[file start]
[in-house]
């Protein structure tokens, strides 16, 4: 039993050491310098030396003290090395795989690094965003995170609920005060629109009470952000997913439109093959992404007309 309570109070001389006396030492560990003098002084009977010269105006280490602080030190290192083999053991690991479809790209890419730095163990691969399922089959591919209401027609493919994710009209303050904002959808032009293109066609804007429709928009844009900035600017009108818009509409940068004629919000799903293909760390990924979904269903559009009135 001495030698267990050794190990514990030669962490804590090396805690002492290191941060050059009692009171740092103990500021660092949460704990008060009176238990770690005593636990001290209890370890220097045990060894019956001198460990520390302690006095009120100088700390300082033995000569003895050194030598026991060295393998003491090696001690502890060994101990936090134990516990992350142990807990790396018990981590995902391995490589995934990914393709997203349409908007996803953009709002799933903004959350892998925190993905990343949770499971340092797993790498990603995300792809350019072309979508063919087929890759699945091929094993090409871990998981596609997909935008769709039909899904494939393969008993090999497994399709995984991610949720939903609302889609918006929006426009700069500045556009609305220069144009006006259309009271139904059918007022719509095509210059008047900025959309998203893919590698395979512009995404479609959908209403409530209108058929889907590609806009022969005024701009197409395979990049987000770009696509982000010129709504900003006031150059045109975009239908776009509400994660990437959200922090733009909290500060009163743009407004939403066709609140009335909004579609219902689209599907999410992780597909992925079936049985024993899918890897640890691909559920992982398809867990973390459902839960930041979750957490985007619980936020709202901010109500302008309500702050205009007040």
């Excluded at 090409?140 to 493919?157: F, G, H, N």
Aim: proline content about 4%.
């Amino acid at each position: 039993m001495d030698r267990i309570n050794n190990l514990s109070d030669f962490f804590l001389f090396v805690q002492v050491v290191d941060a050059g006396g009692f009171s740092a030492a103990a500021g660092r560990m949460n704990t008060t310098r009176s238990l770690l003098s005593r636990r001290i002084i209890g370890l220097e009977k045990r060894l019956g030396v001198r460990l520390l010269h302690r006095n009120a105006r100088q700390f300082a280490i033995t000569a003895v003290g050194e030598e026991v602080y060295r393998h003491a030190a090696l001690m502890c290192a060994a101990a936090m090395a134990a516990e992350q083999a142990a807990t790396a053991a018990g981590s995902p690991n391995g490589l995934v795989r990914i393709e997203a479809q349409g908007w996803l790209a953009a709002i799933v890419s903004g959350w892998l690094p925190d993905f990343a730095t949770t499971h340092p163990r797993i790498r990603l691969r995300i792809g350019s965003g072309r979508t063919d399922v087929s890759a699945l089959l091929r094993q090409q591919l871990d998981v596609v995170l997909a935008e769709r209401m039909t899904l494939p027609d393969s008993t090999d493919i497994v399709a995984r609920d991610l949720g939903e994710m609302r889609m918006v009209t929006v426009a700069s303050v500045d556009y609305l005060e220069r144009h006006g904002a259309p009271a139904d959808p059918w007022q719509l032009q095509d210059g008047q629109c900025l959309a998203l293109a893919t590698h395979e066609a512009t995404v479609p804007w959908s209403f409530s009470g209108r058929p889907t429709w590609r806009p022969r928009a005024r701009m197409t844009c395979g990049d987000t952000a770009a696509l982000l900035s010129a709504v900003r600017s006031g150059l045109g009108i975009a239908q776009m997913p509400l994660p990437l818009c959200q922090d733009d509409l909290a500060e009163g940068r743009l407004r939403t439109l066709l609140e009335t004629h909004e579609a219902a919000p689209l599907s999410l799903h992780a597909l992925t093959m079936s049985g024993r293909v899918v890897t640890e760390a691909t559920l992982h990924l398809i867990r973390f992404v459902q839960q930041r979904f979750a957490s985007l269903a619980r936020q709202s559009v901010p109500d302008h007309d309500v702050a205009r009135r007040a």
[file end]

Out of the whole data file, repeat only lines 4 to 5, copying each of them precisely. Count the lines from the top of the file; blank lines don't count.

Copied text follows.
Aim: proline content about 4%.
């Amino acid at each position: 039993m001495d030698r267990i309570n050794n190990l514990s109070d030669f962490f804590l001389f090396v805690q002492v050491v290191d941060a050059g006396g009692f009171s740092a030492a103990a500021g660092r560990m949460n704990t008060t310098r009176s238990l770690l003098s005593r636990r001290i002084i209890g370890l220097e009977k045990r060894l019956g030396v001198r460990l520390l010269h302690r006095n009120a105006r100088q700390f300082a280490i033995t000569a003895v003290g050194e030598e026991v602080y060295r393998h003491a030190a090696l001690m502890c290192a060994a101990a936090m090395a134990a516990e992350q083999a142990a807990t790396a053991a018990g981590s995902p690991n391995g490589l995934v795989r990914i393709e997203a479809q349409g908007w996803l790209a953009a709002i799933v890419s903004g959350w892998l690094p925190d993905f990343a730095t949770t499971h340092p163990r797993i790498r990603l691969r995300i792809g350019s965003g072309r979508t063919d399922v087929s890759a699945l089959l091929r094993q090409q591919l871990d998981v596609v995170l997909a935008e769709r209401m039909t899904l494939p027609d393969s008993t090999d493919i497994v399709a995984r609920d991610l949720g939903e994710m609302r889609m918006v009209t929006v426009a700069s303050v500045d556009y609305l005060e220069r144009h006006g904002a259309p009271a139904d959808p059918w007022q719509l032009q095509d210059g008047q629109c900025l959309a998203l293109a893919t590698h395979e066609a512009t995404v479609p804007w959908s209403f409530s009470g209108r058929p889907t429709w590609r806009p022969r928009a005024r701009m197409t844009c395979g990049d987000t952000a770009a696509l982000l900035s010129a709504v900003r600017s006031g150059l045109g009108i975009a239908q776009m997913p509400l994660p990437l818009c959200q922090d733009d509409l909290a500060e009163g940068r743009l407004r939403t439109l066709l609140e009335t004629h909004e579609a219902a919000p689209l599907s999410l799903h992780a597909l992925t093959m079936s049985g024993r293909v899918v890897t640890e760390a691909t559920l992982h990924l398809i867990r973390f992404v459902q839960q930041r979904f979750a957490s985007l269903a619980r936020q709202s559009v901010p109500d302008h007309d309500v702050a205009r009135r007040a």